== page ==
The Queensland, national and Oceania champion achieved both feats in Korea.
After winning his first Haidong Gumdo world title in 2017, the Flinders View teenager was told repeating that against world-acclaimed Koreans was unlikely as he got older.
However, he stepped up his training - up to four hours a day - and rose above that mental obstacle to prove Australians can win against the best.
Murray's diary of taekwondo and Haidong Gumdo competitions is jam-packed with countless wins and placings from regional to national and international levels.
Remarkably during all that, Blake added a second place in judo senior competition at the nationals.
He was invited to the Australian Institute of Sport, working with national and Brazilian coaches over two weeks.
The 2020 Ipswich Sports Award function was the 11th annual event, fittingly with a theme: "Will to win, never give in''.
A reduced number of 80 guests attended under a COVID-safe plan instigated by Ipswich City Council.
Other winners included Stacey Taurima (Coach of the Year).
The Agility Dog Club of Queensland received the Association of the Year honour for its national and international achievements. Club member Catharina Slot was named Volunteer of the Year.
The Ipswich Flyers netball side was named Team of the Year after winning last year's Queensland Premier League SEQ Cup grand final.
High-achieving basketball referee Jordan Harton was honoured as Official of the Year.
Ipswich sporting ambassador Clay Dawson was a popular choice as Masters Sportsperson of the Year for his never-ending athletic feats.
Among the region's other major award winners this year was Ipswich born and bred hockey player and coach Sara Rogers.
Rogers set the standard on the field with her fitness and positional play. She also demanded commitment to training off the field, especially with the men she coaches.
The popular personal trainer captained the Hancocks women's team to grand final victory in Ipswich Hockey's "Return to Play'' A-Grade season.
Twenty four hours earlier, she coached the Hancocks men to their latest grand final triumph over Norths.
Rogers' leadership as women's skipper and men's mentor proved crucial under pressure.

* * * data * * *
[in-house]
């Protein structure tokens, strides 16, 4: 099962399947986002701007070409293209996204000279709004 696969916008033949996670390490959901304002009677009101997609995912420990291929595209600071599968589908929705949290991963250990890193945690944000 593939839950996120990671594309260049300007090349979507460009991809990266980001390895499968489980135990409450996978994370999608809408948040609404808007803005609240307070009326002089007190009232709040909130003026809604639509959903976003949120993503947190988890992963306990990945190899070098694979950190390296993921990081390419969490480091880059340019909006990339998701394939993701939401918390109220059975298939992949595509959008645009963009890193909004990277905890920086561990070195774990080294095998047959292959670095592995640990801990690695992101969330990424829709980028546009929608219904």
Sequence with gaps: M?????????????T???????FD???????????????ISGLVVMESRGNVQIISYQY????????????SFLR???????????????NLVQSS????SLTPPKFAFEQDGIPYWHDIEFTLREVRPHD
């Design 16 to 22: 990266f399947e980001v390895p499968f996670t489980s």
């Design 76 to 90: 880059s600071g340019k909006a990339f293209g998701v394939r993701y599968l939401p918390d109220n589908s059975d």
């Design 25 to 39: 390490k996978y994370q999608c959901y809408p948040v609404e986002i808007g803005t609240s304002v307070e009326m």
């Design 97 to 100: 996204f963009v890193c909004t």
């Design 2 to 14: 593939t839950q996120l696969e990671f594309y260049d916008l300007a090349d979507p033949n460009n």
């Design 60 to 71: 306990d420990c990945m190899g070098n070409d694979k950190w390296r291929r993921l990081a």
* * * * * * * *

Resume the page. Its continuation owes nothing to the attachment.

Overseeing two grand final successes was a fitting reward for the former Australian Country captain and Hockey Queensland Association Coach of the Year who is keen to further her higher level career.
T - Teamwork
THE most fundamental requirement to be successful was tested to the extreme after the COVID sporting shutdown in March.
Players, coaches and officials were suddenly required to find fresh ways of working together to ensure sport continued.
New training timetables were needed to ensure players kept in smaller groups.
Players had to arrive, check in as a team, play and head home or back to the carpark after games.
Players and coaches had no or reduced access to dressing sheds before games.
Spectators had to spread out and were encouraged to remain seated where possible.
Cash transactions were replaced with tap-only functions.
Despite all this, a new level of teamwork was clearly on show at sporting grounds around the region.
U - United.
IN tough times like we have all experienced this year, a common goal must be to stay united.
It was heartening travelling around the regional sports fields during winter to see so many people working together to keep sport functioning.
Congratulations and thanks to you all.
V - Volunteers Cup, vigoro milestone.
THE inaugural Volunteers Cup rugby league competition featuring teams from Ipswich and Toowoomba was a huge success.